Ranch Mink Situation — August 4, 2017

The traditional August holiday period is upon the fur trade.  China does not usually participate in this tradition.  Factories in China have run full tilt in past years when demand for full length mink garments was at its peak.  This year is a glaring exception as mink factories remain idle with few orders for the coming season.

As a result, panic mode has set in among ranchers, auction houses and veteran traders.

Ranchers who remained flush with cash following many years of record profits have finally succumbed to the realities of a brutal ranch mink market.  Most ranchers saw light at the end of the tunnel in September of 2016.  However it now appears as if we could put in a new bottom in September of 2017.  In addition, nobody knows if it might go still lower.

The Kopenhagen sale of September 2017 will be a very pivotal sale for most ranchers.  They will need to make very serious decisions on the continuation of operations.  Anecdotal evidence would suggest another drop will result in a very meaningful peltdown among the mostly smaller and older ranches.  However, a new bear market will make even larger, more efficient operations take notice.  Too many mink in the world is obviously the problem, but losing mink ranches in this country where the industry is already a shadow of its former self is a sad commentary.

International auction houses are in a vicarious position.  They want to solicit and sell mink but must embrace the fact that there are simply too many mink in the world.  Aggressive competition to sell the western world’s mink production must be tempered with realism.

Auction houses can no longer in good faith promote unfettered production increases amongst ranchers.  The world no longer needs 100 million mink and the auction houses must adjust their attitudes considerably if they want a healthy industry in the future.  Some auctions are still living in an alternative reality where the people with the mink made the rules.  The people wanting to buy the mink are now in the position of power.  Ranchers must raise fewer, better and bigger mink.  This mantra is not yet being embraced by most auction houses and will continue to hurt Ranchers and wild fur producers alike until it changes.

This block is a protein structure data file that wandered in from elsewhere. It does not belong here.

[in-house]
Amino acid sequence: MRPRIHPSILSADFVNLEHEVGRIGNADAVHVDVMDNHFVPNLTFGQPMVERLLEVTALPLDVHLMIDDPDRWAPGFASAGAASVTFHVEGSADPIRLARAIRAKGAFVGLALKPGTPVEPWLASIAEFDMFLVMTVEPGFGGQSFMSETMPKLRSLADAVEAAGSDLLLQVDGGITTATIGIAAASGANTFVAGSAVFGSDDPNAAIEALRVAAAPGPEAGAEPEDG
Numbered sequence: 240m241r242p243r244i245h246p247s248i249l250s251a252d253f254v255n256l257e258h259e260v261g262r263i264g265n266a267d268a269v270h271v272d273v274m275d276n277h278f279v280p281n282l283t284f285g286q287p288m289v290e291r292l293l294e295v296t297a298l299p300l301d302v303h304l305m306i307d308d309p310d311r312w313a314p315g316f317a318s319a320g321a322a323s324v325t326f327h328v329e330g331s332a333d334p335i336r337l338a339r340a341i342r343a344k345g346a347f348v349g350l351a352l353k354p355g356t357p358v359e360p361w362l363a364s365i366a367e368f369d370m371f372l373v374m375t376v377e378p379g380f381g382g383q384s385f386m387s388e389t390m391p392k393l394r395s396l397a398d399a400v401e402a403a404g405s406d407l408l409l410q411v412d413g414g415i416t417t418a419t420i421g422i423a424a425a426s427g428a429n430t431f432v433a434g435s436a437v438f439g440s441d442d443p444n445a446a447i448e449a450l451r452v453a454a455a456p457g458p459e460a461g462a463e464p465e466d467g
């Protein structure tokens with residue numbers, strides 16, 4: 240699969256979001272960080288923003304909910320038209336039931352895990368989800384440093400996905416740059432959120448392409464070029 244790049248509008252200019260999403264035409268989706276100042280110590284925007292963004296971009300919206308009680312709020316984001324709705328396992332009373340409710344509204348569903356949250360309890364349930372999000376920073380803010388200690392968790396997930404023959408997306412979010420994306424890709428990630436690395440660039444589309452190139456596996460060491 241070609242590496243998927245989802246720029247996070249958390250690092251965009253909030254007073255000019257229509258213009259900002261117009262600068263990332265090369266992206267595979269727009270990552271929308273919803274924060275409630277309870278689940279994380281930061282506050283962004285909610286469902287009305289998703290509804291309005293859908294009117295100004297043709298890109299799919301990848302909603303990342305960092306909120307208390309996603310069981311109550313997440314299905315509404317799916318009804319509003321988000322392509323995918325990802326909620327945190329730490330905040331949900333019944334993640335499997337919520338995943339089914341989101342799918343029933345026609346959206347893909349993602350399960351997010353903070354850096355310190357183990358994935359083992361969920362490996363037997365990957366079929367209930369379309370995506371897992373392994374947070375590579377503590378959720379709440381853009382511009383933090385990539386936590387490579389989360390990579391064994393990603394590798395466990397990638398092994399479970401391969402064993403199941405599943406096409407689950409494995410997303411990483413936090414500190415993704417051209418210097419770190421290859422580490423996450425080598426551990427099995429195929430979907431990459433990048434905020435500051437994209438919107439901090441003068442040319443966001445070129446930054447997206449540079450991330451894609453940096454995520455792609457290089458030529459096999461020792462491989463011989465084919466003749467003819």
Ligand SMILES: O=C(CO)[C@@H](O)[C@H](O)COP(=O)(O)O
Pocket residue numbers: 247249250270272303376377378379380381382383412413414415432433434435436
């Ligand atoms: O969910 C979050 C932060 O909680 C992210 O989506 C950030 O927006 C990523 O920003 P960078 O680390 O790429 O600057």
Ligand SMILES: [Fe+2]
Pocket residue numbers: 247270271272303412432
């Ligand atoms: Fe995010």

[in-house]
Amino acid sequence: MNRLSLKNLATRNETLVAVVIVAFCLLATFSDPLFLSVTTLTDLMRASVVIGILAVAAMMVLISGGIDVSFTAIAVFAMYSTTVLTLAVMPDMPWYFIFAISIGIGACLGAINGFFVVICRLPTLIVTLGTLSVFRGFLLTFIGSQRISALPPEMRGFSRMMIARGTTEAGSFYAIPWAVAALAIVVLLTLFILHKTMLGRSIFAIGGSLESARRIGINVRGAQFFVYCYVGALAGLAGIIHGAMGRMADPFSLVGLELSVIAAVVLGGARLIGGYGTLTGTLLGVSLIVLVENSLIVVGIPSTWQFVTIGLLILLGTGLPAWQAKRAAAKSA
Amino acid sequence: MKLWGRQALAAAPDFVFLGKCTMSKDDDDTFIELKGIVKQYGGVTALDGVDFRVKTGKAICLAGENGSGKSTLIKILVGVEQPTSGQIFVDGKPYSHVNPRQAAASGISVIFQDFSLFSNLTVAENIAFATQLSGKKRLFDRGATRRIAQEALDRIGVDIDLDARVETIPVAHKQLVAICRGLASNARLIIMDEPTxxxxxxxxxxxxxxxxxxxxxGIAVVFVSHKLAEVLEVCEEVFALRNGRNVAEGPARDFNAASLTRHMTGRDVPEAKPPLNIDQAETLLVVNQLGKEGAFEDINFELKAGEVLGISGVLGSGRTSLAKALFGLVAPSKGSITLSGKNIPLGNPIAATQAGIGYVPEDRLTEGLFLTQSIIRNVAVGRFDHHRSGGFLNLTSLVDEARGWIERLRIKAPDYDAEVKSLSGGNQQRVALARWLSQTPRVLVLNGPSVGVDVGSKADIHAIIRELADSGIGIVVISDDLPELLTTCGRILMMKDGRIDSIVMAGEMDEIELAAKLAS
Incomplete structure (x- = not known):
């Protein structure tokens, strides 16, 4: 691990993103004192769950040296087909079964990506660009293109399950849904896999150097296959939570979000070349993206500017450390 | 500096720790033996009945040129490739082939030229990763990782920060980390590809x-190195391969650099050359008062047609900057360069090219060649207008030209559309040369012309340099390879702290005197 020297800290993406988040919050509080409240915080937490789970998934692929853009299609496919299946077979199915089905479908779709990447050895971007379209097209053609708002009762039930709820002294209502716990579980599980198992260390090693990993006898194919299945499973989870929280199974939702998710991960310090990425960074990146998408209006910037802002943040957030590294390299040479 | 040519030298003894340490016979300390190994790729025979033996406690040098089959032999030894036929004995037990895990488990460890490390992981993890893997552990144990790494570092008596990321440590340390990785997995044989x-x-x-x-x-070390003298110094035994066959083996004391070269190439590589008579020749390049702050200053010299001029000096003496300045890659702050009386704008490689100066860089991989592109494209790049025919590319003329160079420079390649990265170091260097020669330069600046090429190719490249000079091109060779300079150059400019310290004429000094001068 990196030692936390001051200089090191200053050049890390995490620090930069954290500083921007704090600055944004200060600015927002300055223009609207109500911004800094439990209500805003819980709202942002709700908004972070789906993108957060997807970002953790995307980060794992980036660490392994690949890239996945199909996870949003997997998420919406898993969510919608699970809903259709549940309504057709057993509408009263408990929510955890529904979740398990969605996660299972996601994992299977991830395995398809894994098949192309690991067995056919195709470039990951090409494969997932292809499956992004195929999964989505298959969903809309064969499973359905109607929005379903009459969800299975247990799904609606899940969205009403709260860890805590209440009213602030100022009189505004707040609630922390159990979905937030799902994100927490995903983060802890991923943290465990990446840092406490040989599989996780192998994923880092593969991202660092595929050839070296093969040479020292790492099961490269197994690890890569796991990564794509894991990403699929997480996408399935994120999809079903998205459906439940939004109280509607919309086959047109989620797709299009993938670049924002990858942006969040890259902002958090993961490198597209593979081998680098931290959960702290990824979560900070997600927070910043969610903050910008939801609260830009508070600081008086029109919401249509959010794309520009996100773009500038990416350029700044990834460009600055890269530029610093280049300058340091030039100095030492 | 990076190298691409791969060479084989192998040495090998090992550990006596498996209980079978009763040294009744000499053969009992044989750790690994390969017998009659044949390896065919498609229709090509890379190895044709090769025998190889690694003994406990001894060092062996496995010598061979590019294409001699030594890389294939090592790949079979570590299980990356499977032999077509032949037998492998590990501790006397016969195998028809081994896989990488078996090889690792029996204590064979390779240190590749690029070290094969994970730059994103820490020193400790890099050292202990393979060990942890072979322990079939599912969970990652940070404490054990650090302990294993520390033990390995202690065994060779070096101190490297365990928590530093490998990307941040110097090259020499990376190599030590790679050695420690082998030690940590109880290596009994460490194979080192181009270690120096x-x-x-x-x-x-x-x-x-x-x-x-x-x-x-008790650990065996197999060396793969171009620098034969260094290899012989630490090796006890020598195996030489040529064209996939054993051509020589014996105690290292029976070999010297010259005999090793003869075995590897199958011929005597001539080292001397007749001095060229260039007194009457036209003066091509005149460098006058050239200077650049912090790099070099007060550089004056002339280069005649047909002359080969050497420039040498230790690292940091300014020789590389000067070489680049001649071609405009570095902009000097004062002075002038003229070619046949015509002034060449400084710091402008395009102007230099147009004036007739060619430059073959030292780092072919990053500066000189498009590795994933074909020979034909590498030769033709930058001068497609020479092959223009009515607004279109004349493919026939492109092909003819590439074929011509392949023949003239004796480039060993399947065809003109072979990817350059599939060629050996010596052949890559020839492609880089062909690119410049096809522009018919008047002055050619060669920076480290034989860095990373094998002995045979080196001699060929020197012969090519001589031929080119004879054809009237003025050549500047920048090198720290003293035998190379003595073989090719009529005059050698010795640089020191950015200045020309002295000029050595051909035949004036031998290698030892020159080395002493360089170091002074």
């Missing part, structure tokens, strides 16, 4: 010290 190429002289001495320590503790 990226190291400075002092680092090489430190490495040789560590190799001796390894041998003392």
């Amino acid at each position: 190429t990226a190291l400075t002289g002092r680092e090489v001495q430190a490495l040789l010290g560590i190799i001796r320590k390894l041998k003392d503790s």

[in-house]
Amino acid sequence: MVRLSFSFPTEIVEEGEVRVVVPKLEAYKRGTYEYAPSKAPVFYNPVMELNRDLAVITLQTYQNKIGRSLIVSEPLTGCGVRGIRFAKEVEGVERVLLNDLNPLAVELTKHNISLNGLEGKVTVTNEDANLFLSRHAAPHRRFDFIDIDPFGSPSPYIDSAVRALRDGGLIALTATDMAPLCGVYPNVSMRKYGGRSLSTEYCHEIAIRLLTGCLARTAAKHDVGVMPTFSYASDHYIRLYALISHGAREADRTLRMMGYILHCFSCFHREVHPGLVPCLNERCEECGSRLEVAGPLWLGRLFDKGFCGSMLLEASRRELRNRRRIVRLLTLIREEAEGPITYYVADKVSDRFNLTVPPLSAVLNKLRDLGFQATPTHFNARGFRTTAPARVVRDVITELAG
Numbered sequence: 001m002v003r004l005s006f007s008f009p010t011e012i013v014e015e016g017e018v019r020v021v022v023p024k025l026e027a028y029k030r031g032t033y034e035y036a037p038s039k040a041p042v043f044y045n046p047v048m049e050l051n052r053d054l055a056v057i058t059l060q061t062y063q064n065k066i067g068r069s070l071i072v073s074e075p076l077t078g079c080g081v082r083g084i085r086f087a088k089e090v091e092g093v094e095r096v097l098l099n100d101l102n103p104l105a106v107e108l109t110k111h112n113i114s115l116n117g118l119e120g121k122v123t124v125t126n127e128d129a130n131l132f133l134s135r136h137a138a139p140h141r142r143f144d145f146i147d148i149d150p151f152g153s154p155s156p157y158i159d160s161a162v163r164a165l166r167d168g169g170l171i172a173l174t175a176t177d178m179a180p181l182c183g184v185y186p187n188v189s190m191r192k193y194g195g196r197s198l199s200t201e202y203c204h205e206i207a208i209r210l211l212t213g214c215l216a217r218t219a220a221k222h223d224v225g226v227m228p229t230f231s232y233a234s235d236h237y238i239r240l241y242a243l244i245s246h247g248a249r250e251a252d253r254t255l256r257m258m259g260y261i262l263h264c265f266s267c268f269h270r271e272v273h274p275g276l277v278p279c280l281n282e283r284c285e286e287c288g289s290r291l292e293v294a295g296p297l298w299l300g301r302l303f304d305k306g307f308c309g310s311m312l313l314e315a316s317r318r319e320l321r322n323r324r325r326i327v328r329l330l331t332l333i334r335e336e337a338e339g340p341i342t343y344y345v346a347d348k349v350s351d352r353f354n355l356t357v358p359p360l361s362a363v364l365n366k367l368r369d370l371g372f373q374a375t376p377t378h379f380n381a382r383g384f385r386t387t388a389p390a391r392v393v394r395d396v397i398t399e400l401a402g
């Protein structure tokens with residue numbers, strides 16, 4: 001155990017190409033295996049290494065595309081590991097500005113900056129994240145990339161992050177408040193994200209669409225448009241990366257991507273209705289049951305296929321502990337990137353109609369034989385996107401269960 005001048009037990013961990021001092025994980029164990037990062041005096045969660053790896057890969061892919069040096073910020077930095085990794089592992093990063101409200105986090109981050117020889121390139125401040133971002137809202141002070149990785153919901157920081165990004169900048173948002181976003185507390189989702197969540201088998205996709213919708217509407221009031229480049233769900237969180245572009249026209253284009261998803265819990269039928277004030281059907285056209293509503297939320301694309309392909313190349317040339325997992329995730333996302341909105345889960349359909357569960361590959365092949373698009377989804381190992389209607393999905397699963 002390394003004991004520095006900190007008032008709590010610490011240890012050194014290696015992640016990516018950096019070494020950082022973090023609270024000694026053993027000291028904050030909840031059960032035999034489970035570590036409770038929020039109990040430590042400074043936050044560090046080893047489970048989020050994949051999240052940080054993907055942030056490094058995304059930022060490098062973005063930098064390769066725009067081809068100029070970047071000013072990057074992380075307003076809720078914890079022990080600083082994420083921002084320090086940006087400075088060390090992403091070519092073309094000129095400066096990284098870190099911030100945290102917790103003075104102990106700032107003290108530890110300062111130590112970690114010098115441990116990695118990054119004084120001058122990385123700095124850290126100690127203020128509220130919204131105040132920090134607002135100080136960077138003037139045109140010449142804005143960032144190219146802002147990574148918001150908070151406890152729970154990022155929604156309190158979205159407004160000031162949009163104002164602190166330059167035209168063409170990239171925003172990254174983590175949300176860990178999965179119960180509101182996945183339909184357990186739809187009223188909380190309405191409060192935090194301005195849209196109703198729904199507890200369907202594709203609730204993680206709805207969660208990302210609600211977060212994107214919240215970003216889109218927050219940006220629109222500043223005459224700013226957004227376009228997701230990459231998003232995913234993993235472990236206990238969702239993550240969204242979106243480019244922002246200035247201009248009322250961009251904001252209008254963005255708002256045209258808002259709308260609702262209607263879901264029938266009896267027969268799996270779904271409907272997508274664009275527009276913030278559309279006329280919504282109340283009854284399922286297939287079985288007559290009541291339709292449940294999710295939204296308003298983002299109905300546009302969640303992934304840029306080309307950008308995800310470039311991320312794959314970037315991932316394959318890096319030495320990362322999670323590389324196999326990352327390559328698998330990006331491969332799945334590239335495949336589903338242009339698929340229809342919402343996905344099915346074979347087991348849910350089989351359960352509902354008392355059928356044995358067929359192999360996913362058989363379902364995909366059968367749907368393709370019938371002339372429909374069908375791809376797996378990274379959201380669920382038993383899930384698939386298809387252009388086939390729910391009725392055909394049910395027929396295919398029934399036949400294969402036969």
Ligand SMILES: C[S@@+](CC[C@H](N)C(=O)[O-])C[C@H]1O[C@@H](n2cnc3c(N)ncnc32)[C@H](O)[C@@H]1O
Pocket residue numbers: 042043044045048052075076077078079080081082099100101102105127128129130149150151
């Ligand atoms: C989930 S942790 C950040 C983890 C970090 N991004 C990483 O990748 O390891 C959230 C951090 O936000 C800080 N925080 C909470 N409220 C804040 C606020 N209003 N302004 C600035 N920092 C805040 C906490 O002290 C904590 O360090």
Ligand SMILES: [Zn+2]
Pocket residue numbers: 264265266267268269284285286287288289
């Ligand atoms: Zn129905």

I have not ever witnessed a more pessimistic tone among veteran fur traders and industry insiders like I am right now.  I have been in the business for 35 years and it is truly depressing.  The wild fur business is definitely better than the ranch mink business at this point.  Beaver, coyote, bobcats and muskrat remain quite salable and are at semi-attractive prices for most trappers.  Even raccoon is possibly better property than ranch mink.  There could be some unexpected upsides.  Russia could surprise, but it is becoming increasingly unlikely as the political situation worsens.  We are preparing for a very difficult year and will be ready if anything positive happens.  I realize this blog is very mink-centric, but ranch mink prices dictate our wild fur market, and I am constantly trying to gauge that market, which is important for you.  We will also be blogging weekly to keep you the trapper informed.

Guy Groenewold

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